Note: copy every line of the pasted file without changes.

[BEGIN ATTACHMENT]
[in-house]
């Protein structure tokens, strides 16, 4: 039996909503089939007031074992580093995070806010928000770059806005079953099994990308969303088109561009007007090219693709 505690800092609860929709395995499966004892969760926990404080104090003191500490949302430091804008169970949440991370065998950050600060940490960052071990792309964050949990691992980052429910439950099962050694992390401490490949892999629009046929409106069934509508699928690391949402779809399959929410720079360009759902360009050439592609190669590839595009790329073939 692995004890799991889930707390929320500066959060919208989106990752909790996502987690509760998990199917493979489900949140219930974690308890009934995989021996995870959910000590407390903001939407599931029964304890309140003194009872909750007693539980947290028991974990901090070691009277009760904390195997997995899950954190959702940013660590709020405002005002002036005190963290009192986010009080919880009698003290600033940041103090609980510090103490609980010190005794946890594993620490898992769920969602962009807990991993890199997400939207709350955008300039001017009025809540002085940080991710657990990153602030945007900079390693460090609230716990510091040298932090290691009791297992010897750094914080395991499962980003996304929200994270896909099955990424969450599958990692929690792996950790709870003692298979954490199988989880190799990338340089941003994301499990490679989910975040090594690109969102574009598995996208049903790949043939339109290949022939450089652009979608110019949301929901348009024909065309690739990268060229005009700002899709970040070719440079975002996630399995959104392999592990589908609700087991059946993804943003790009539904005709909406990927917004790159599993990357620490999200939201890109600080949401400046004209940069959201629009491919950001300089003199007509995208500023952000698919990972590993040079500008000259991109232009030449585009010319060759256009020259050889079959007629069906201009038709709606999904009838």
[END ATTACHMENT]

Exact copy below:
[in-house]
């Protein structure tokens, strides 16, 4: 039996909503089939007031074992580093995070806010928000770059806005079953099994990308969303088109561009007007090219693709 505690800092609860929709395995499966004892969760926990404080104090003191500490949302430091804008169970949440991370065998950050600060940490960052071990792309964050949990691992980052429910439950099962050694992390401490490949892999629009046929409106069934509508699928690391949402779809399959929410720079360009759902360009050439592609190669590839595009790329073939 692995004890799991889930707390929320500066959060919208989106990752909790996502987690509760998990199917493979489900949140219930974690308890009934995989021996995870959910000590407390903001939407599931029964304890309140003194009872909750007693539980947290028991974990901090070691009277009760904390195997997995899950954190959702940013660590709020405002005002002036005190963290009192986010009080919880009698003290600033940041103090609980510090103490609980010190005794946890594993620490898992769920969602962009807990991993890199997400939207709350955008300039001017009025809540002085940080991710657990990153602030945007900079390693460090609230716990510091040298932090290691009791297992010897750094914080395991499962980003996304929200994270896909099955990424969450599958990692929690792996950790709870003692298979954490199988989880190799990338340089941003994301499990490679989910975040090594690109969102574009598995996208049903790949043939339109290949022939450089652009979608110019949301929901348009024909065309690739990268060229005009700002899709970040070719440079975002996630399995959104392999592990589908609700087991059946993804943003790009539904005709909406990927917004790159599993990357620490999200939201890109600080949401400046004209940069959201629009491919950001300089003199007509995208500023952000698919990972590993040079500008000259991109232009030449585009010319060759256009020259050889079959007629069906201009038709709606999904009838």